Les Djinns (English translation)
From the verge
Of the flow
And they toll
Like a soul
With a glow.
The loudest sounds
Are like a sleigh—
An elf who bounds
And skins away.
He leaps and flows,
In rhythmic throes
Springs on his toes
Across the spray.
Echoes and entwines
Like the bells we hear
At accursed shrines.
Like a noisy crowd
Thundering and proud,
Sometimes it grows loud,
Sometimes it declines.
O God! the ghostly sound
Of Djinns!—and how they blare!
Quick! let’s escape around
The sunken spiral stair!
Oh, I have lost my light!
The shadow of the flight
Covers the wall—goes right
Up to the open air.
Swarm of Djinns are going past,
And they swirl and whirl and whine
Yew-trees, shattered by the blast,
Crackle like a blazing pine.
In a huddle, quick and wide,
Through the empty space they glide,
Like a pale cloud at whose side
Sudden bolts of lightning shine.
They are so close!—Let’s keep the place
Shut tight, and we’ll defy them all.
The noise out there! A dreadful race,
Vampires and dragons—how they bawl
And the broken roof-beam heaves
Sags like a mass of sodden leaves,
While the old rusty door-frame reaves
Its hinges, quaking, from the wall!
Infernal cries! voices that weep and roar!
The horrible swarm, driven by the gale,
Heavens! is surely beating at my door
The walls, before their black batallions, quail!
The bent house shudders with a hideous sound
As if it’s been uprooted from the ground
And some great wind is tossing it around
Like a dry leaf, so much they swirl and flail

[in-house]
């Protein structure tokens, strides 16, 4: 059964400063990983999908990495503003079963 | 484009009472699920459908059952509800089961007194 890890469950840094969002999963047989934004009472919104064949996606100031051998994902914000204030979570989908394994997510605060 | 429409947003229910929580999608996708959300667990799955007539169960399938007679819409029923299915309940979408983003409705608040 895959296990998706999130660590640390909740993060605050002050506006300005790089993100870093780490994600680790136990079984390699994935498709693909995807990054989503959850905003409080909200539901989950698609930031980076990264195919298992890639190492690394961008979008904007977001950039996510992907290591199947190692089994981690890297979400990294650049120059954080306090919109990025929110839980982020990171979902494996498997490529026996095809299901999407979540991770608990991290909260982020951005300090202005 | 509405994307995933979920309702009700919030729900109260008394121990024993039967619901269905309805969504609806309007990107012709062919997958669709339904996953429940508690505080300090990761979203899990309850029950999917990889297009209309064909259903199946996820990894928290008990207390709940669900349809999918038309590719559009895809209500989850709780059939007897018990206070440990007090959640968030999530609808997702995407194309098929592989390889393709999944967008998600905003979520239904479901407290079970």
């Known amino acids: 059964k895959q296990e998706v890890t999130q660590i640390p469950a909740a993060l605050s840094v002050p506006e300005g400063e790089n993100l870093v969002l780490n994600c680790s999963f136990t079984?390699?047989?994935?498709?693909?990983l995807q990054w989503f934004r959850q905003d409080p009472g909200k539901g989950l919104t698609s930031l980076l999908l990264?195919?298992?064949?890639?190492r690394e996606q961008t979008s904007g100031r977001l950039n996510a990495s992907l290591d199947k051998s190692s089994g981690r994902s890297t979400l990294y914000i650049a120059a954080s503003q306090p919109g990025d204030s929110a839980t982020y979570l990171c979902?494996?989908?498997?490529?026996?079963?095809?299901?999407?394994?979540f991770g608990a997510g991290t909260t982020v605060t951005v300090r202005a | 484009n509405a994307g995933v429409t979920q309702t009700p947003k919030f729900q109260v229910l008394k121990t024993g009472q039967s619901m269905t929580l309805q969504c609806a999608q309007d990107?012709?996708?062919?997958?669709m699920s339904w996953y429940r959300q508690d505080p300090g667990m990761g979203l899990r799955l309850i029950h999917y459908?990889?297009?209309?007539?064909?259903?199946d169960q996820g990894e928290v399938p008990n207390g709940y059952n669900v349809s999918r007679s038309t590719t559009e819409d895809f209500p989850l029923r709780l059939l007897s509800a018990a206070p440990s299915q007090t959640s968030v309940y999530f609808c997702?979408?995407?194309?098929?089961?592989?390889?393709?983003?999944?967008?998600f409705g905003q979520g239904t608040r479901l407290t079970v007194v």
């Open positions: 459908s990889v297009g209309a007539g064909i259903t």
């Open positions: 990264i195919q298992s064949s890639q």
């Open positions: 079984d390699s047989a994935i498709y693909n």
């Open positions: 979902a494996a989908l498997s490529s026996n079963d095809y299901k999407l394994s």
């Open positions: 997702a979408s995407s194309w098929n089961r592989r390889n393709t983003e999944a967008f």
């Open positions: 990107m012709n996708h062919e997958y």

Prophet, if your hand saves me now
From all these unclean friends of the night,
I shall prostrate my naked brow
Before your holy censers’ sight!
Ordain it that this faithful door
Withstands the blast of sparks they pour
And that in vain their wing and claw
On the dark windows shriek and smite!
They are past!—Their mighty ranks
Flee; no longer do their feet
Buffet on the door’s old planks
With a multifarious beat.
Sounds of schackles fill the sky;
Great oaks in the woods nearby
Wilt and waver, as they fly
Past with such a fiery heat!
The beatings of their wings
Distantly faint and fail—
Such far-off feeble things,
You’d think that in the vale
You heard grasshoppers stir
And purr their spindly purr,
Or that old lead roofs were
Spattered with sprays of hail.
Still they come and go,
Those strange murmurings;
So, when Arabs blow
Horn-calls, music sings
Out across the stream’s
While babes in the dreams
Dream of golden things.
Djinns of the tomb
Sons of the dead,
In the deep gloom
Quicken their tread,
And cry and keen:
So, from serene
Whispers are shed.
This dim knell
Is a wave
Of calm swell
In a cave,
Or the plaint,
Of a saint
At a grave.